Nad Královnou Hotel & Restaurant *** offers accommodation in 22 rooms for 2, 3 and 4 people with the possibility of an extra bed with a total capacity of 60 people. All rooms are performed in high standard and have a private bathroom with shower or bath, hairdryer, toilet, LCD TV, internet access, work desk and wardrobe. In Hotel is located a suite with a whirlpool. All rooms are non-smoking.

The hotel has its own parking for cars and bus, or it’s also possible to use the hotel garage. The hotel doesn’t accept pets.

In the Hotel is located a stylish restaurant and a pub with a total capacity of 120 people where we are glad to serve you delicious, Czech or Italian cuisine. In the case of nice weather, we have open two summer gardens. The restaurant has separated non-smoking and smoking areas. For organizing social events, celebrations, company trainings or seminars is appropriate a separate lounge with a capacity of 30 people.

History of Zbraslav

A little bit of history of Zbraslav

The place near the confluence of the Berounka and Vltava rivers has enticed to the settlement since the earliest times. The old Celts have chosen this place to establish the Oppidum on the Závist, which belong to one of the largest in Europe. The history of Zbraslav is inseparably connected with the history of the Zbraslav monastery. The first written record of Zbraslav is dated back to 1115. At that time Zbraslav belonged to the Kladruby convent.

In 1268 Zbraslav managed to get Přemysl Otakar II., who built here a hunting little castle. His son, Václav II. founded here the monastery and placed the convent of the Cistercians in it. The favorable location and beauty of this place, chosen by his first abbot Konrád for the construction of the monastery, is evidenced by a record from the Zbraslav Chronicle. In this record is said that the original owner of this place, the Czech King Václav II. isn't like to say goodbye, because this place was abounded by hunting animals and natural beauties. The monastery began to get importance really fast. It soon became the center of the internal and foreign policy of the then Czech state. The monastery became the burial ground of the ruling Dynasty of the Premyslids. Soon he belonged to the largest in Bohemia and his abbots to the most important prelates in the country. Abbot Peter from Aspelt, together with the saddleback abbot Heidenreich, belonged to the main insigators of the vocation of Jan of Luxembourg to the Czech throne.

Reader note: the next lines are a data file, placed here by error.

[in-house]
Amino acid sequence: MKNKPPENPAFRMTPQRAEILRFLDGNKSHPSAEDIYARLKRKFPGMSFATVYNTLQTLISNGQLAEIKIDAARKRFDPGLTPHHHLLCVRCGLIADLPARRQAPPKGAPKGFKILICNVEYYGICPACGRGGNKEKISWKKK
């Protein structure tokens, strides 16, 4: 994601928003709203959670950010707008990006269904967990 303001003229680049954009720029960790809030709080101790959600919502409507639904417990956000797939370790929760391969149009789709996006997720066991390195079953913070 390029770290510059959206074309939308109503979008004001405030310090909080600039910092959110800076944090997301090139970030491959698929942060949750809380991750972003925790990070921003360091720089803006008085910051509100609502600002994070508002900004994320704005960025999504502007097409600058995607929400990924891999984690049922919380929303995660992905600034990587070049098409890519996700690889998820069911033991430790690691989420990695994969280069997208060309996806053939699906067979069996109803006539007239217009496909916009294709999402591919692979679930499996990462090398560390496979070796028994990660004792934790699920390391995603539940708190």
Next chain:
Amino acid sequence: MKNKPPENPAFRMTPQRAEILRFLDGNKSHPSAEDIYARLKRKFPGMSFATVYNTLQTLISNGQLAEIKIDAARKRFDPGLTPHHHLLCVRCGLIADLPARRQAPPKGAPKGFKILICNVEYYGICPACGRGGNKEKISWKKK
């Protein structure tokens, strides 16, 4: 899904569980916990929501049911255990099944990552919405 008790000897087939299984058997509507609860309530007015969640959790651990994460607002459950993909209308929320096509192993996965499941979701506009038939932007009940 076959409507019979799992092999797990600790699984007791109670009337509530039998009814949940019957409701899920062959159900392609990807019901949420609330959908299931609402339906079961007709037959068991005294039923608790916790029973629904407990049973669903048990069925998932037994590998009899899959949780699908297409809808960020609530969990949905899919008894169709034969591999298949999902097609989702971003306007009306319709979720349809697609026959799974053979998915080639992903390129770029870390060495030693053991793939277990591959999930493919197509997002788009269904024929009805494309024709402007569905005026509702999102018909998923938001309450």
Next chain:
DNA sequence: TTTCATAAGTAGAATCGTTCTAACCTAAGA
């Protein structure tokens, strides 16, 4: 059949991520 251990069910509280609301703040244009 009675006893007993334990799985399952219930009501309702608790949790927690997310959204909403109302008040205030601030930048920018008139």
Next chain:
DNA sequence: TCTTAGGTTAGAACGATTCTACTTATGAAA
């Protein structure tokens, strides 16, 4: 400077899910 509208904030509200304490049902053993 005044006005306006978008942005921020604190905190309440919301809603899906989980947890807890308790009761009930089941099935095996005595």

In 1420 the temple was completely destroyed by the Hussites. We only learn about its original form from a plan that was found in nearby Mokropsy. The monastery rose from the rubble until the construction of the Church of St. James in the 17th century. Flowering lasted until 1785, when the monastery was cancelled based on the order of Joseph II. Two years later, a sugar factory was set up in the premises of the abolished monastery.

In 1825, prince Ötingen-Wallerstein bought the Zbraslav manor and the whole manor was heavily economically raised. In the middle of the 19th century the importance of Zbraslav was raised by the location of district offices. In 1910 bought the manor Cyril Bartoň from Dobenín, which let reconstruct the monastery devastated by industrial production. During the first republic, Zbraslav had the character of a place for holidays. Especially suitable for its favorable location near Prague and beautiful natural conditions.